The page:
QaMantra: Why we assign Browser instance to webdriver interface

Why we assign Browser instance to webdriver interface

WebDriver driver = new FirefoxDriver();

WebDriver driver = new ChromeDriver();

WebDriver driver = new IEDriver();

In the above statement, WebDriver is an interface. An interface contains empty functions that have been defined but not implemented. These functions can be implemented by anyone as long as the method type and signatures can not be violated.

                             Therefore, an interface is also known as contract, because you can use an interface as you like but you cannot change the way it has been defined. And, since it has empty methods you won't actually need to instantiate it and so you cannot instantiate it.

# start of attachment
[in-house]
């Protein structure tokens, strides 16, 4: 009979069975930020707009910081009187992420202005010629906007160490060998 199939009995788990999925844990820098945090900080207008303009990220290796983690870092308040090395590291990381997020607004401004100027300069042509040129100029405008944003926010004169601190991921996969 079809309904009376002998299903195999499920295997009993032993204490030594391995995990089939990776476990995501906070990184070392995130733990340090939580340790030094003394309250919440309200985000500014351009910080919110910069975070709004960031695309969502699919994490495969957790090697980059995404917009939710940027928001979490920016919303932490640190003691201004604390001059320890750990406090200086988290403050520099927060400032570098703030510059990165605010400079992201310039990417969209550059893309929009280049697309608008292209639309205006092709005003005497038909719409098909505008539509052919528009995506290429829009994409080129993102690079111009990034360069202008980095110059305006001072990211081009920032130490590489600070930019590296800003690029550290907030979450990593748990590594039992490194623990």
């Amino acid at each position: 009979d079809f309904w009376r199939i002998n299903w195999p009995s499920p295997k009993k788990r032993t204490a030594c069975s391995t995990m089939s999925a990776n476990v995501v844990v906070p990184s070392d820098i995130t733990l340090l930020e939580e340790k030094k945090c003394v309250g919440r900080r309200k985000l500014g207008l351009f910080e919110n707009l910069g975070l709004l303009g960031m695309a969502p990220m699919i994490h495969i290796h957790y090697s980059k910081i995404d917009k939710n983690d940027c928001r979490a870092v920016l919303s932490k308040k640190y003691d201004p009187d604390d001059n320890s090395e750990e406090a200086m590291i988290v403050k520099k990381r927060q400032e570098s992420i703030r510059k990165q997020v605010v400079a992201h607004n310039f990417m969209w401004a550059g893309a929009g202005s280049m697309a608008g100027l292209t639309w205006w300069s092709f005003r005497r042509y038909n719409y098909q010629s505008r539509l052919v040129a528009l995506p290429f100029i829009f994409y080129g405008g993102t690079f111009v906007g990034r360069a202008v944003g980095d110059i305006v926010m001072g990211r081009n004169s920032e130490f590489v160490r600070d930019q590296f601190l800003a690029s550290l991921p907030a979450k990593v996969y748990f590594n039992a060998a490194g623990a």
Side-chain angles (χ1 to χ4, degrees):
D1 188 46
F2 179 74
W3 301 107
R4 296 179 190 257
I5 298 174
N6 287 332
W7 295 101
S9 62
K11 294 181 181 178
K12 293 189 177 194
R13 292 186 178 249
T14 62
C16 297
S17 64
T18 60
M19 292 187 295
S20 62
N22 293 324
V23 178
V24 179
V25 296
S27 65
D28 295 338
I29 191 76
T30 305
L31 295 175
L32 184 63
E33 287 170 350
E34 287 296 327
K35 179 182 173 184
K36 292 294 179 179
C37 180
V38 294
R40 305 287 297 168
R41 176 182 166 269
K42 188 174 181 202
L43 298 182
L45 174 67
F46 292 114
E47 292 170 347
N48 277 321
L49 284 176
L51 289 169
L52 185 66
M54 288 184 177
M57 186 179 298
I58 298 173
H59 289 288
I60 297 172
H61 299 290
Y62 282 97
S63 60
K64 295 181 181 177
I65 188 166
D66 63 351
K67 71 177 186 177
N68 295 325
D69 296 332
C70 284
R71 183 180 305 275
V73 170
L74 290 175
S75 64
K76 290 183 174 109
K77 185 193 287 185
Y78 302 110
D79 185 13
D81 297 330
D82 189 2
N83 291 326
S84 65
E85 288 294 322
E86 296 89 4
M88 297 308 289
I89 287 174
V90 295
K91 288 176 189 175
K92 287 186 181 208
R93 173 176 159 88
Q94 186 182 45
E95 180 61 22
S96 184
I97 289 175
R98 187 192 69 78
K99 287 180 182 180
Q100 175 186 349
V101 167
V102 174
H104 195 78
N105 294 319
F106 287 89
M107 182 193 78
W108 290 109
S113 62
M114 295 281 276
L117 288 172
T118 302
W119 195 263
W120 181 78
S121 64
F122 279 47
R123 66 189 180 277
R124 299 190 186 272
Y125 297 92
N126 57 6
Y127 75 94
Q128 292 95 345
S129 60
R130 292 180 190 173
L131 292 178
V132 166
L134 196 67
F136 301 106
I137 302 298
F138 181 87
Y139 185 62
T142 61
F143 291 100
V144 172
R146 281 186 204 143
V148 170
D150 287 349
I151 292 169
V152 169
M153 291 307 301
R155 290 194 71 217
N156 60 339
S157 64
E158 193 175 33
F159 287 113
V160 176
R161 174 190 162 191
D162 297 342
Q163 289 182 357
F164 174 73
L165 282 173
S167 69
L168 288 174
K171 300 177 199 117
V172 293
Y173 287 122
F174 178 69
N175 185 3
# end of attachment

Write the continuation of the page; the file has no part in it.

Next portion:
FirefoxDriver/ChromeDriver/IEDriver and so on browser Driver is a class that has been written specifically for the Firefox/Chrome/IE and many browser. It has methods that are implemented and it can be instantiated. It can perform all functions (or methods) on the Firefox browser as defined in the interface WebDriver.

WebDriver API Architecture

So in the above statement, we are actually telling FirefoxDriver/ChromeDriver/IEDriver class that " you can automate the various methods that you want on the Firefox/Chrome/IE browser but you need to stick to the contract defined in WebDriver".

                                   So we declare a reference variable of type WebDriver and then use it to instantiate FirefoxDriver/ChromeDriver/IEDriver, which means that the object (driver) is of type WebDriver but points to the memory allocation to all data and methods in FirefoxDriver/ChromeDriver/IEDriver (and, as mentioned above, the FirefoxDriver/ChromeDriver/IEDriver class already has the implemented version of methods in WebDriver)

Continue Reading

No comments: